Conclusion

He is also affected by the fate and prophecies of the witches, which helps the audience feel pity for him, as his life was not entirely his fault, and he couldn't be entirely responsible for his actions and therefore his suffering. However, he might not be considered a tragic hero as he did not suffer more than needed. He killed innocent people, and suffered accordingly. Some people might also say that Lady Macbeth persuaded him to murder Duncan and therefore he is not a tragic hero. I believe that he is a tragic hero, and that the play follows the guidelines of a tragedy. At the end of the play I think the audience feel pity and remorse for Macbeth, especially when he admits that his life has been worthless, "It is a tale/ Told by an idiot, full of sound and fury/ Signifying nothing". He is calling himself an idiot for leading the life that he lived, and admitting that all the cold heartless murders he committed to keep his throne were pointless as he ended up living an unhappy life anyway. This re-elevates the respect the audience has for him. He also regains his poetic way of speaking, using iambic pentameter, which shows that Shakespeare meant for him to be re-elevated at this point. I do have sympathy for him; he chose his path in life, but it was also fate that he would have a tragic fall. In the end he wished he could change it all, which shows that he has remorse for his actions, and therefore deserves sympathy. He also had a very manipulative wife who encouraged him to commit the first murder; along with the witches who manipulated the prophecies that led him to believe a false truth (that no man could kill him). He did make some of the choices in his life himself, although many of them were as a result of manipulation and were not entirely his fault: he was, in the end, just fulfilling the role of a tragic hero. ?? ?? ?? ?? English Coursework Rowan Poulter 10X1 17/12/07 ...read more.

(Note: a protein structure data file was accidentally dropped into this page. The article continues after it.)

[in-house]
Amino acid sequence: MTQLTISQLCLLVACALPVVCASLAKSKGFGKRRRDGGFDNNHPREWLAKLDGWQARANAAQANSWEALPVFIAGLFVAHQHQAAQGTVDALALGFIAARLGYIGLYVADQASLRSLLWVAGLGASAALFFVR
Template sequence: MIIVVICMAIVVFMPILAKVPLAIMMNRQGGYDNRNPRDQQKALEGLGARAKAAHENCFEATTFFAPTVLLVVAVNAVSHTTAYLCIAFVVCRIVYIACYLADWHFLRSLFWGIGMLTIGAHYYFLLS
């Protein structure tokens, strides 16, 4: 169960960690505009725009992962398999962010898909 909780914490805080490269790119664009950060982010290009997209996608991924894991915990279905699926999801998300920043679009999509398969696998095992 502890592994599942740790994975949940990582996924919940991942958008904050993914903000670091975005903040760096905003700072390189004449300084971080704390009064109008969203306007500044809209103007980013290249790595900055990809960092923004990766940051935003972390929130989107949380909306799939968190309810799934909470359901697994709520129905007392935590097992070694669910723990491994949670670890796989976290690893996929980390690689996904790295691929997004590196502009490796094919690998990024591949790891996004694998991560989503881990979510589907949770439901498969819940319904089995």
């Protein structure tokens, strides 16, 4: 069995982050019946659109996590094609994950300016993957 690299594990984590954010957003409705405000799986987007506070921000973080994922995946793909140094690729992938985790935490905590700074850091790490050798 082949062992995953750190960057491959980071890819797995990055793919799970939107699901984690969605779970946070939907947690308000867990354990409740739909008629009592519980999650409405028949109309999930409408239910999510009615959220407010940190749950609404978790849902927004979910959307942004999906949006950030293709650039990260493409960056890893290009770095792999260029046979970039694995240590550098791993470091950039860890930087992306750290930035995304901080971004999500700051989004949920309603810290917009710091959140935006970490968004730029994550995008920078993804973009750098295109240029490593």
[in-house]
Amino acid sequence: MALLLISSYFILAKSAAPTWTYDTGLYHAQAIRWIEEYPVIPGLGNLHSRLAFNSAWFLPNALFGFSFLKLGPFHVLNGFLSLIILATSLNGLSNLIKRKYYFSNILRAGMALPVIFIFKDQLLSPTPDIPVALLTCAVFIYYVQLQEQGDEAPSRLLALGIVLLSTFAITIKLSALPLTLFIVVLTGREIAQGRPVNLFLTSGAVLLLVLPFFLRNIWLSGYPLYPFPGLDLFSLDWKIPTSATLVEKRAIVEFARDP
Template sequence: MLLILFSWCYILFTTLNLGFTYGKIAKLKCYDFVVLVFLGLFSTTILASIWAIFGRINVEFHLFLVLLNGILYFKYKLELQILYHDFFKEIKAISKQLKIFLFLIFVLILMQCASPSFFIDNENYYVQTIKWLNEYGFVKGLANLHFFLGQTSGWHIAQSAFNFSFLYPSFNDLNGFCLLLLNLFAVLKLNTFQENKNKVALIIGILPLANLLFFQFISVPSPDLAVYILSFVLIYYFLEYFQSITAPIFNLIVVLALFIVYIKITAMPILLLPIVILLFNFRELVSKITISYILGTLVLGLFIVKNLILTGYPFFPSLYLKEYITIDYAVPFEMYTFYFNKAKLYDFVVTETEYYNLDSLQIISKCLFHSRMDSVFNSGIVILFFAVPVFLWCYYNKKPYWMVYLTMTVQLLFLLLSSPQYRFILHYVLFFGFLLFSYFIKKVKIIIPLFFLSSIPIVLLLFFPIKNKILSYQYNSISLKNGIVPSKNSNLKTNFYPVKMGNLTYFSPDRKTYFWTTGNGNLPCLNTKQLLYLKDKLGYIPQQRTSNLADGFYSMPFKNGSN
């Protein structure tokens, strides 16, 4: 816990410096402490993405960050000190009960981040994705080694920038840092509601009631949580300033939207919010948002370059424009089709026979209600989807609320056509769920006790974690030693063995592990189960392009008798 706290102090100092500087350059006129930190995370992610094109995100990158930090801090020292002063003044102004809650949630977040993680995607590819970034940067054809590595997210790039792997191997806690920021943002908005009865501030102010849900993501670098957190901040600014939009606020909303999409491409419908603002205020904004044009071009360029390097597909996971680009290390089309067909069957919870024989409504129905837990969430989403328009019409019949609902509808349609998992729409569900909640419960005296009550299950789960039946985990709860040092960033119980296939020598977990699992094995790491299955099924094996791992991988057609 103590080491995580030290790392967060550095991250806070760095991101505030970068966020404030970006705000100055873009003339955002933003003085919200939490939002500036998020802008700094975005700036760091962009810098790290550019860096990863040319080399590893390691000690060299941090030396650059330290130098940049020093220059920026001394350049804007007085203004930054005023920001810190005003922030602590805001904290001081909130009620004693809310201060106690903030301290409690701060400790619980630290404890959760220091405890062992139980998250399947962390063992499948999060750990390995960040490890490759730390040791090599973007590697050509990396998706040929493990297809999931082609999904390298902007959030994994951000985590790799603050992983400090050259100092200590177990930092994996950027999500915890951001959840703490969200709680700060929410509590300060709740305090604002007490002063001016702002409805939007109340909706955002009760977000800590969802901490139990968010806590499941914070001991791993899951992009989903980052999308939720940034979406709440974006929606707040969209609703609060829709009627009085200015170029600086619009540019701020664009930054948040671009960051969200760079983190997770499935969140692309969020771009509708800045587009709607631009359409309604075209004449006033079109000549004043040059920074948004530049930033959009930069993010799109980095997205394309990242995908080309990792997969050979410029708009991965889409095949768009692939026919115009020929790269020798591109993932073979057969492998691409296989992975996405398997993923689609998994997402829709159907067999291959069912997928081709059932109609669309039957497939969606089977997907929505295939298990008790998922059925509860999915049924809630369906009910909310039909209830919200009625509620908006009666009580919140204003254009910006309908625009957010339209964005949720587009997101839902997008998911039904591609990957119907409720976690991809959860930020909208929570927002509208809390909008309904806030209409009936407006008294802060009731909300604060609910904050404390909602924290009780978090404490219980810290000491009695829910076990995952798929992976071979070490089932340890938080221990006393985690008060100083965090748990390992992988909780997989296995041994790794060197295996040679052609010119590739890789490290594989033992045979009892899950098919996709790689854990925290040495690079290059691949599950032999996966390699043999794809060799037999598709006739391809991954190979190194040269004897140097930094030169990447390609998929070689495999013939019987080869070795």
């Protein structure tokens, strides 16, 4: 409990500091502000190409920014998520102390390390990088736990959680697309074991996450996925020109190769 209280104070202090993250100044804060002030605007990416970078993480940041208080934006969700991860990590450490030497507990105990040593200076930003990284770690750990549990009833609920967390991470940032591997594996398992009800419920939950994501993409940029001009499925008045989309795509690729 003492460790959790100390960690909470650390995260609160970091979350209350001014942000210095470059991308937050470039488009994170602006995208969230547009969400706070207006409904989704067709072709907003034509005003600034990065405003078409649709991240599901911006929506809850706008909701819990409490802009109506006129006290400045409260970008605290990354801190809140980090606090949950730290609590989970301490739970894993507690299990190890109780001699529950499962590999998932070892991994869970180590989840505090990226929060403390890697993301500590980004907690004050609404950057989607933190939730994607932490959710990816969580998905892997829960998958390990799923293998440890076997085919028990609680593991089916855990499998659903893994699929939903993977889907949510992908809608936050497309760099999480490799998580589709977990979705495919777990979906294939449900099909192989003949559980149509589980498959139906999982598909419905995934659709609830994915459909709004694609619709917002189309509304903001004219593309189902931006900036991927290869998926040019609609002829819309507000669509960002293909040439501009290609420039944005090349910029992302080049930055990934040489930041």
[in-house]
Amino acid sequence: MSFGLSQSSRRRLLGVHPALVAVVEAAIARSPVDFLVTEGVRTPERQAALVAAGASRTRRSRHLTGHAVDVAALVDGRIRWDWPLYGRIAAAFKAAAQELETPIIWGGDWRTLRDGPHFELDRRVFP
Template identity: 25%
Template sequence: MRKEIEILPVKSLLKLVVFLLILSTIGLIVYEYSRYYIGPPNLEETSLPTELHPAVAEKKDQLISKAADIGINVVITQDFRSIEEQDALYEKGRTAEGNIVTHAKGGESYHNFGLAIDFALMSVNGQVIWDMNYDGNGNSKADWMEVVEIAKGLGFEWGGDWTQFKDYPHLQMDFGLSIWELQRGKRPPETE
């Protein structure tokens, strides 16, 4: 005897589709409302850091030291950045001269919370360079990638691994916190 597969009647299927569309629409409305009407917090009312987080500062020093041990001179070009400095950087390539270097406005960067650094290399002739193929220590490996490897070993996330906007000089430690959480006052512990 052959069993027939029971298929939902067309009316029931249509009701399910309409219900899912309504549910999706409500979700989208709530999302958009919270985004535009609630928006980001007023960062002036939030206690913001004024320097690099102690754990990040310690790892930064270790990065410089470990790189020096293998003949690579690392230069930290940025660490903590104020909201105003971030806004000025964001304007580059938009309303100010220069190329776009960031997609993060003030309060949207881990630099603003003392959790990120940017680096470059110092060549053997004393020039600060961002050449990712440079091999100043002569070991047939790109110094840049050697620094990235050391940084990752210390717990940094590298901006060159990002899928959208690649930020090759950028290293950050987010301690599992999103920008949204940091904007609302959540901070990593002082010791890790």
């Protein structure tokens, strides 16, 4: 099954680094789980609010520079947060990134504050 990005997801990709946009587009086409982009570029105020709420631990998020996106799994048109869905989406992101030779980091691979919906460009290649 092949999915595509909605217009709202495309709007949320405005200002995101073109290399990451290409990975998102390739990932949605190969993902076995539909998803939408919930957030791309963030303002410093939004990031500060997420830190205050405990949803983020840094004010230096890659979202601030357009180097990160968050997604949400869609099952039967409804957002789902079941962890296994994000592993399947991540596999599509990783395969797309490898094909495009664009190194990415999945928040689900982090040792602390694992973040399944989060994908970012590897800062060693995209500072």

The above preview is unformatted text

This student written piece of work is one of many that can be found in our GCSE Macbeth section.

Found what you're looking for?

  • Start learning 29% faster today
  • 150,000+ documents available
  • Just £6.99 a month

Not the one? Search for your essay title...
  • Join over 1.2 million students every month
  • Accelerate your learning by 29%
  • Unlimited access from just £6.99 per month

See related essaysSee related essays

Related GCSE Macbeth essays

  1. Peer reviewed

    Discuss the Role Played by the Witches in the Tragedy of Macbeth

    3 star(s)

    Macbeth is a wreck! Malcolm and Donalbain flee to England and Ireland making them appear guilty. Macbeth inherits the throne. In Act 2, scene 4, Ross enters accompanied by an old man. The scene that follows is very important when it comes to creating mood and atmosphere.

  2. How is Macbeth persuaded to kill Duncan: Is his wife entirely to blame?

    Macbeth is very startled by the weird sisters' famous three "All Hails." The line "Good sir, why do you start." is effectively a stage direction. Macbeth is instantly entranced and "rapt withal" by the witches; because he believes them. In contrast, Banquo doubts them very much on introduction and tells